Do Dogs Keep Mice Away?

Do Dogs Keep Mice Away?

If you have a mouse problem in your home, attic or garage, you may be desperate for ways to get rid of these rodents—especially if they’re causing obvious problems like gnawing holes in drywall, eating the food in your pantry or leaving unsanitary droppings. If you have a dog, you might wonder if your furry friend could be an effective method of natural pest control. That leads us to the question: do dogs keep mice away? Let’s take a look at the facts, and learn what works and what doesn’t in controlling mouse populations.

Dogs may catch and kill a mouse from time to time, but they aren’t known for their predatory instincts in the same way that cats are. Even cats can’t catch and kill enough mice to make a significant impact when you’ve got a mouse infestation somewhere on your property.

There is one way dogs can be helpful with pest control, and that is with identifying the problem in the first place. With its highly sensitive hearing, your dog might be able to identify a pest problem that you weren’t aware of. When dogs hear squeaking and scratching sounds coming from inside the ceiling or walls, they often stare fixedly, bark or whine at the spot where the sounds are originating. This can let you know there’s something going on that needs to be investigated.

The signs of a mouse infestation can often go unnoticed for quite some time before the people living in the home realize they have a pest problem. This is partly because mice are nocturnal animals, which means they are mostly active at night. They hide and rest during the day, and venture out to forage for food only under the cover of darkness. This is a big reason why many people have no idea there are mice living in the home until the problem has grown into a full-blown infestation.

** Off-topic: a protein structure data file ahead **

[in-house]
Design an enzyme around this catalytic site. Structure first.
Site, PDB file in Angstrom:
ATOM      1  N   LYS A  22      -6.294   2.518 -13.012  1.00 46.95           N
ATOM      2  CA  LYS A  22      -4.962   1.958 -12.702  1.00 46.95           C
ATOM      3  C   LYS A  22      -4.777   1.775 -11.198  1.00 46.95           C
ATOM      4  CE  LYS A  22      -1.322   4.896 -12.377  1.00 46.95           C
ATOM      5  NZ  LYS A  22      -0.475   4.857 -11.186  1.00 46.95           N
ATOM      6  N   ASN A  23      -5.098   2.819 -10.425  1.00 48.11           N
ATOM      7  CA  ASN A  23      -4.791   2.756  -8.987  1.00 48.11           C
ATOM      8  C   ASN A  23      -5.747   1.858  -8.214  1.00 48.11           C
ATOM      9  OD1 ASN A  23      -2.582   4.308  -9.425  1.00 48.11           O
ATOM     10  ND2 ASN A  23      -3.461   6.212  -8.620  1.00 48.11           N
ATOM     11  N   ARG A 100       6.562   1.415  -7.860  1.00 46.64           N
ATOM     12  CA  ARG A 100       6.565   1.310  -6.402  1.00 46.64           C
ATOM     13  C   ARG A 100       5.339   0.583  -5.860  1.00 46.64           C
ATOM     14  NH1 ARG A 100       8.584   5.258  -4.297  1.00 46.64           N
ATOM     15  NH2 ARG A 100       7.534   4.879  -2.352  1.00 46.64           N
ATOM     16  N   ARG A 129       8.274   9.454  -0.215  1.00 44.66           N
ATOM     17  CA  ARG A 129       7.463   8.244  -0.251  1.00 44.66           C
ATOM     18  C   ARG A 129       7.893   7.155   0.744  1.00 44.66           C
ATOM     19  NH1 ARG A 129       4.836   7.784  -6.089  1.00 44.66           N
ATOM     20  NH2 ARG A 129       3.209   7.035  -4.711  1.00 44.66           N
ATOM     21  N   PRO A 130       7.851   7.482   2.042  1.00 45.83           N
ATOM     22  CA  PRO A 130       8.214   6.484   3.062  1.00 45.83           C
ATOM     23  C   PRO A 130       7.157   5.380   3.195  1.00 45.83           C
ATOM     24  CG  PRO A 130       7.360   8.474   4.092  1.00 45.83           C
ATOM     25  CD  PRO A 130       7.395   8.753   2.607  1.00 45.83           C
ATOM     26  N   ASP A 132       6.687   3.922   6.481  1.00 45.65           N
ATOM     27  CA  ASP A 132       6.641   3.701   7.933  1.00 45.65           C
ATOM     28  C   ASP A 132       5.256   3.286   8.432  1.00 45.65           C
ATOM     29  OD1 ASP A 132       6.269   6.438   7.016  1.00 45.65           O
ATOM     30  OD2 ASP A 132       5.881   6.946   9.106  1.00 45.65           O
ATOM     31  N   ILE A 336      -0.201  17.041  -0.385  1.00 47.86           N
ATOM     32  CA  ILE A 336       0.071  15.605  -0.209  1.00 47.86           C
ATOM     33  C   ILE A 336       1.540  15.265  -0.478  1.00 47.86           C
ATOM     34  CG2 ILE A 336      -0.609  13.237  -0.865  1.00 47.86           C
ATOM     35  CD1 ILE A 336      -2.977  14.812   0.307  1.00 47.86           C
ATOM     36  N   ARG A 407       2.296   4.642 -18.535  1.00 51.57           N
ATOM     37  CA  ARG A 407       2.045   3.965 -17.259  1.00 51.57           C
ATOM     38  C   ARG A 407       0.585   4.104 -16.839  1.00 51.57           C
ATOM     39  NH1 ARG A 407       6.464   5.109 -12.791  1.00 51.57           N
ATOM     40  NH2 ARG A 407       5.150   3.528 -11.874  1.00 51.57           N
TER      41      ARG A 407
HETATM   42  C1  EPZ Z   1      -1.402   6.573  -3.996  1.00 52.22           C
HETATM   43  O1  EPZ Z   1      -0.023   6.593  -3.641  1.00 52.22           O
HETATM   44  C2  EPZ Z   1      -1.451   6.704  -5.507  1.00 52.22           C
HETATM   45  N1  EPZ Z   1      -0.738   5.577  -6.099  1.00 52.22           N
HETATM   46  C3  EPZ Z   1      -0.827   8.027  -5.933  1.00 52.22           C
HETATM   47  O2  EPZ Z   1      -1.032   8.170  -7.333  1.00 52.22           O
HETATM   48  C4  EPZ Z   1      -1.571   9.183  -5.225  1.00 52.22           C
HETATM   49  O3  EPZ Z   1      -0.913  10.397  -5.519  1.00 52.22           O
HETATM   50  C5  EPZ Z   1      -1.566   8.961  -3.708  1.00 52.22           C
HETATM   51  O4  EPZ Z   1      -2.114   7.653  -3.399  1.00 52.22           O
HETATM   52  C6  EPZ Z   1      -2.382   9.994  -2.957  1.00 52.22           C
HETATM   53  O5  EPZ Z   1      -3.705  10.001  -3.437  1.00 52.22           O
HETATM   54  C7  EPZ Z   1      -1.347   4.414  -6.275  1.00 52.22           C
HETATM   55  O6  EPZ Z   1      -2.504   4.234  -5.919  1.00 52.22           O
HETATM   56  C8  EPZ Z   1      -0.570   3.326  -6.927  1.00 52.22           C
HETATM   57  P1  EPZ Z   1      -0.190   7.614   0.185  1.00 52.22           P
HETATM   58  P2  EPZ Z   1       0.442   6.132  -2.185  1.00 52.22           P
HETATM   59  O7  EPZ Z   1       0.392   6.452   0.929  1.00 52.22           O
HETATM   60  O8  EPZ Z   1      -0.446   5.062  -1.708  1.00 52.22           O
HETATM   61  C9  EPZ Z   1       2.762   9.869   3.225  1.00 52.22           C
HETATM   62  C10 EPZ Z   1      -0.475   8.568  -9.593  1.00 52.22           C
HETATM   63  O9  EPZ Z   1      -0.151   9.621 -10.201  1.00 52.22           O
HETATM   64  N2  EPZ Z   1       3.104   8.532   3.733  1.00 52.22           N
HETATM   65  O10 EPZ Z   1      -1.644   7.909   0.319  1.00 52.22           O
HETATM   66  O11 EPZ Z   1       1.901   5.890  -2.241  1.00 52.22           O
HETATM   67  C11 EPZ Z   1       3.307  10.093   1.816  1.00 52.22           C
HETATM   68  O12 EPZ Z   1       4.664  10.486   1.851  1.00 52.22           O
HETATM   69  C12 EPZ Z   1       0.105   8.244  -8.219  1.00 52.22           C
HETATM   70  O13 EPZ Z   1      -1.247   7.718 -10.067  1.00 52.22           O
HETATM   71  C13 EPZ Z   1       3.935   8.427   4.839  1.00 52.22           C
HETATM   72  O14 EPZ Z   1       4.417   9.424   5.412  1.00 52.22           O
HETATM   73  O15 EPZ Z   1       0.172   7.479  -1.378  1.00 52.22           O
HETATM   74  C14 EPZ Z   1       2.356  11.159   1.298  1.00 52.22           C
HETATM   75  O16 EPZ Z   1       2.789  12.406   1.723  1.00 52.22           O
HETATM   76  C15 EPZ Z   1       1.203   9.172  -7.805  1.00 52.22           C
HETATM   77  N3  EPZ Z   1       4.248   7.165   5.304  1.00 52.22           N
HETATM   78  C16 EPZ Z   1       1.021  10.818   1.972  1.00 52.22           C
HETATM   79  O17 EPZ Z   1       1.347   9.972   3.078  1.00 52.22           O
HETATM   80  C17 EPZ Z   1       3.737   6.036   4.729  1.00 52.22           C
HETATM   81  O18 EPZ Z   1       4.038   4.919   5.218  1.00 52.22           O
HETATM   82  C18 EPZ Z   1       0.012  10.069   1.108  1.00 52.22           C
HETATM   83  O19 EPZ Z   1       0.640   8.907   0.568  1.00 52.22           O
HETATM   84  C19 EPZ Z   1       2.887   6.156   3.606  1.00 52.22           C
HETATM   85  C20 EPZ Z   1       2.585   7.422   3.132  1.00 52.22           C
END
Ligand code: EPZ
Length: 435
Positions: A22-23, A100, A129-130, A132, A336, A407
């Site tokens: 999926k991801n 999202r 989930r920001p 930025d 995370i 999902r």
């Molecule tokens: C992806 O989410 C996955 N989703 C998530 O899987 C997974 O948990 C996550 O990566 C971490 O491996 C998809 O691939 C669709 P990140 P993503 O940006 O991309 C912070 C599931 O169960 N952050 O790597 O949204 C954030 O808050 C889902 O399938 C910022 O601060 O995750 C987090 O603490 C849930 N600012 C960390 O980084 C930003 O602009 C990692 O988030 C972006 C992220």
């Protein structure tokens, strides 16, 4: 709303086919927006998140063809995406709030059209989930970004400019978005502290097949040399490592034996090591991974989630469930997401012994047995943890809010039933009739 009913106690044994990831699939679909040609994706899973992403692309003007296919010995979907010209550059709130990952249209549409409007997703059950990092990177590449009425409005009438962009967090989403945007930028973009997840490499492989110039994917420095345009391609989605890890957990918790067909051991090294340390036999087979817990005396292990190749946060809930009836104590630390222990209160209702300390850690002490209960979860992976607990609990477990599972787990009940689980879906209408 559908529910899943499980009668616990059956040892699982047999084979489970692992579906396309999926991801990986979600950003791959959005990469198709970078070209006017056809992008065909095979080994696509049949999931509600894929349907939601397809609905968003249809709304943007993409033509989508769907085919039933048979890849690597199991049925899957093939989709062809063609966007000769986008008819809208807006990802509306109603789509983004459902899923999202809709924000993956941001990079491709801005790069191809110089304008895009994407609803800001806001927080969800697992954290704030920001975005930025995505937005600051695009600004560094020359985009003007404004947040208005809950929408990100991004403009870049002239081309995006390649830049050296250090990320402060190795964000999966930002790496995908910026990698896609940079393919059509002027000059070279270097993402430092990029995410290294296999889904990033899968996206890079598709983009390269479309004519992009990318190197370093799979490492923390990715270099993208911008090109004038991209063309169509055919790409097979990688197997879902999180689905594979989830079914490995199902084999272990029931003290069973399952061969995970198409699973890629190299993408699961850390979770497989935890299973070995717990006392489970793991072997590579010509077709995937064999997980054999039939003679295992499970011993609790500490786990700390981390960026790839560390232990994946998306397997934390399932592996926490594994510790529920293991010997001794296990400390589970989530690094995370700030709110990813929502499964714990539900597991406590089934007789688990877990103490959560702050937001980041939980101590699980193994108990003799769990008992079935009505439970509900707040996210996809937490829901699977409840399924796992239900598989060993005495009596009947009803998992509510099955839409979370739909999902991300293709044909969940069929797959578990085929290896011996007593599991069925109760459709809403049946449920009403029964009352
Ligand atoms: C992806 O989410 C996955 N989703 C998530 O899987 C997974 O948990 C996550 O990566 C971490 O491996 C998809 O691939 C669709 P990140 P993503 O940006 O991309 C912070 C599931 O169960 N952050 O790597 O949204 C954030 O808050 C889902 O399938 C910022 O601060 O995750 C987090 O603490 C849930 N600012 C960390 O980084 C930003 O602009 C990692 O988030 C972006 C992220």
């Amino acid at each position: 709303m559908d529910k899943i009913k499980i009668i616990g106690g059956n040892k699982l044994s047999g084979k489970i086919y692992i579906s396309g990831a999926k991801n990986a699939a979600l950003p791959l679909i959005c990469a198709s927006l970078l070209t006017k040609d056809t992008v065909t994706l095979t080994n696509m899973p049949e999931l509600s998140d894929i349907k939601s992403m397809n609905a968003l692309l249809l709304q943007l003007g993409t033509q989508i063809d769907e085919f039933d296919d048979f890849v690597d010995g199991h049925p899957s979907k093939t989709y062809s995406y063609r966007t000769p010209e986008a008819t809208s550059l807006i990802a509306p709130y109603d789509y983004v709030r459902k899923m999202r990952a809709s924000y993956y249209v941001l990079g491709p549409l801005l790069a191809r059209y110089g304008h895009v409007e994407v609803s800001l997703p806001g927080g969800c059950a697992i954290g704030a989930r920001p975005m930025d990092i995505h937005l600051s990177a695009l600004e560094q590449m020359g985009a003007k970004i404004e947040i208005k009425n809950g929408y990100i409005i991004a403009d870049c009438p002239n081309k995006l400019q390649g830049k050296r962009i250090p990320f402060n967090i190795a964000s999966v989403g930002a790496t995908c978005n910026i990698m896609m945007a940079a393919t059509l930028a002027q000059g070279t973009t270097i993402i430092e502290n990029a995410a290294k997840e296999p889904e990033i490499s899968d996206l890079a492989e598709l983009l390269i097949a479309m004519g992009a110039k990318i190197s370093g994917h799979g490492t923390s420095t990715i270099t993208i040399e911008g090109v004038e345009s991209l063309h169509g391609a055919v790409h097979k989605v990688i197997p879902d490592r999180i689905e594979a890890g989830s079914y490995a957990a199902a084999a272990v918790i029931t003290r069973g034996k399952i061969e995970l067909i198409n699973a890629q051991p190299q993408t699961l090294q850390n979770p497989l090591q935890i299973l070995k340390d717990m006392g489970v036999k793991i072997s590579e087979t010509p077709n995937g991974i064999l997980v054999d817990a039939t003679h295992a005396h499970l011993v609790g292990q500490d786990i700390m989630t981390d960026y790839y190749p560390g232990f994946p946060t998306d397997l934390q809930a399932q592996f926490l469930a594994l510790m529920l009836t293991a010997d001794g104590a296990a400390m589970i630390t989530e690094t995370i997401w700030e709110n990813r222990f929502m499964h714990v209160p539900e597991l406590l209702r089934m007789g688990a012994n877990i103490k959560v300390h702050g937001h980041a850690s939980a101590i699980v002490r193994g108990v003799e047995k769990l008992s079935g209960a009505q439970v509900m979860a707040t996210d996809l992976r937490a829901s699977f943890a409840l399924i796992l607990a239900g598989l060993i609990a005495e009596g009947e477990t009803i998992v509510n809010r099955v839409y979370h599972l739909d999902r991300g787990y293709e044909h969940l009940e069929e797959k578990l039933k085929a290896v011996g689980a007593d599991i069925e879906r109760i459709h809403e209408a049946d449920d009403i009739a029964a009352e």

Of course, there are signs you can look out for to know whether there are mice nearby. If you see mouse droppings—small, dark-brown, elongated pellets—or gnaw marks on your baseboards, door frames or other areas of your home, these can signal the presence of mice. Another common sign is loose, shredded cloth, insulation or paper that could be from a mouse nest. You might also see greasy tracks along the baseboards or higher up, such as along the wall next to a rafter or beam that mice habitually walk along. Occasionally, people will spot actual mice, either living or dead.

When you have a mouse problem, it’s important to deal with it as quickly and effectively as possible, because these small animals can cause big problems. Since mice are rodents, they must gnaw every day to keep their constantly growing front teeth from getting too long. Mice are known for chewing their way through wood framing, drywall, PVC piping and even electrical wiring in people’s homes, attics and garages. This can be very costly to fix, and it can even create serious structural or fire hazards.

Even mouse urine and feces can cause property damage. When mice build a nest and breed, their populations can quickly explode, which means a lot of mice living and eliminating in one place. Their urine can seep through the wall or ceiling, or wherever they’ve built their nest. Mouse feces and urine are dangerous for people to come into contact with. These rodents carry bacteria and germs that can cause serious illnesses in humans, and their waste products are contaminated with the same germs and diseases.